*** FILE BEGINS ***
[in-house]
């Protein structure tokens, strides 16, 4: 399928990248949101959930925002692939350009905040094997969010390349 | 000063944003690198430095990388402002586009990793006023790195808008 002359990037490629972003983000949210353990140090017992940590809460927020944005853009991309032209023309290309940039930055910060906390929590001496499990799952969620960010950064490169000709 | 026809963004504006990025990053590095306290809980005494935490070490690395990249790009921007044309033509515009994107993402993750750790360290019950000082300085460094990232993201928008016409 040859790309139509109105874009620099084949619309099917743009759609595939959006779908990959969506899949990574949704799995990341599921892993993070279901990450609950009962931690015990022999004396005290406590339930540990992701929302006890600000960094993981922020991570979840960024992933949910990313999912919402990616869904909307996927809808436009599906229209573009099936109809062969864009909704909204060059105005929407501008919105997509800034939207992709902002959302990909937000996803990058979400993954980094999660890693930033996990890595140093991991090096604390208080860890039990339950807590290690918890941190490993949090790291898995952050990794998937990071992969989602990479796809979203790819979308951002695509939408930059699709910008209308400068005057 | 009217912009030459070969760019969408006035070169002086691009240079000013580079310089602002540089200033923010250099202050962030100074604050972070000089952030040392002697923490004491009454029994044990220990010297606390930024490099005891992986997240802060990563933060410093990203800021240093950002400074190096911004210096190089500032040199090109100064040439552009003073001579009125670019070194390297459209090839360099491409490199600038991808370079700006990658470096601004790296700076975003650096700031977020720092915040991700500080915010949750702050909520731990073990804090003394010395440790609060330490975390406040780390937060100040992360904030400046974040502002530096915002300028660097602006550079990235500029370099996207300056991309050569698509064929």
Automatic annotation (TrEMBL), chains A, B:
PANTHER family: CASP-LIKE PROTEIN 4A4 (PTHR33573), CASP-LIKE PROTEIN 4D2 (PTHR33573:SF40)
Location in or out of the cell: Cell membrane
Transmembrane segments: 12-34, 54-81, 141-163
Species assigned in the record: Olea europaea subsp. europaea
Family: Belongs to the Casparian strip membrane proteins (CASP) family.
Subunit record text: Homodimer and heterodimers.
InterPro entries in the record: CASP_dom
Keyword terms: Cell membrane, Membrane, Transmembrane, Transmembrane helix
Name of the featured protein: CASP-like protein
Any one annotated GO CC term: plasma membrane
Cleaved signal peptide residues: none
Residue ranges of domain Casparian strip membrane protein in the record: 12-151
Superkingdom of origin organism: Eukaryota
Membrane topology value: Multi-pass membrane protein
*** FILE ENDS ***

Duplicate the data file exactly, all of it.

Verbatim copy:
[in-house]
């Protein structure tokens, strides 16, 4: 399928990248949101959930925002692939350009905040094997969010390349 | 000063944003690198430095990388402002586009990793006023790195808008 002359990037490629972003983000949210353990140090017992940590809460927020944005853009991309032209023309290309940039930055910060906390929590001496499990799952969620960010950064490169000709 | 026809963004504006990025990053590095306290809980005494935490070490690395990249790009921007044309033509515009994107993402993750750790360290019950000082300085460094990232993201928008016409 040859790309139509109105874009620099084949619309099917743009759609595939959006779908990959969506899949990574949704799995990341599921892993993070279901990450609950009962931690015990022999004396005290406590339930540990992701929302006890600000960094993981922020991570979840960024992933949910990313999912919402990616869904909307996927809808436009599906229209573009099936109809062969864009909704909204060059105005929407501008919105997509800034939207992709902002959302990909937000996803990058979400993954980094999660890693930033996990890595140093991991090096604390208080860890039990339950807590290690918890941190490993949090790291898995952050990794998937990071992969989602990479796809979203790819979308951002695509939408930059699709910008209308400068005057 | 009217912009030459070969760019969408006035070169002086691009240079000013580079310089602002540089200033923010250099202050962030100074604050972070000089952030040392002697923490004491009454029994044990220990010297606390930024490099005891992986997240802060990563933060410093990203800021240093950002400074190096911004210096190089500032040199090109100064040439552009003073001579009125670019070194390297459209090839360099491409490199600038991808370079700006990658470096601004790296700076975003650096700031977020720092915040991700500080915010949750702050909520731990073990804090003394010395440790609060330490975390406040780390937060100040992360904030400046974040502002530096915002300028660097602006550079990235500029370099996207300056991309050569698509064929």
Automatic annotation (TrEMBL), chains A, B:
PANTHER family: CASP-LIKE PROTEIN 4A4 (PTHR33573), CASP-LIKE PROTEIN 4D2 (PTHR33573:SF40)
Location in or out of the cell: Cell membrane
Transmembrane segments: 12-34, 54-81, 141-163
Species assigned in the record: Olea europaea subsp. europaea
Family: Belongs to the Casparian strip membrane proteins (CASP) family.
Subunit record text: Homodimer and heterodimers.
InterPro entries in the record: CASP_dom
Keyword terms: Cell membrane, Membrane, Transmembrane, Transmembrane helix
Name of the featured protein: CASP-like protein
Any one annotated GO CC term: plasma membrane
Cleaved signal peptide residues: none
Residue ranges of domain Casparian strip membrane protein in the record: 12-151
Superkingdom of origin organism: Eukaryota
Membrane topology value: Multi-pass membrane protein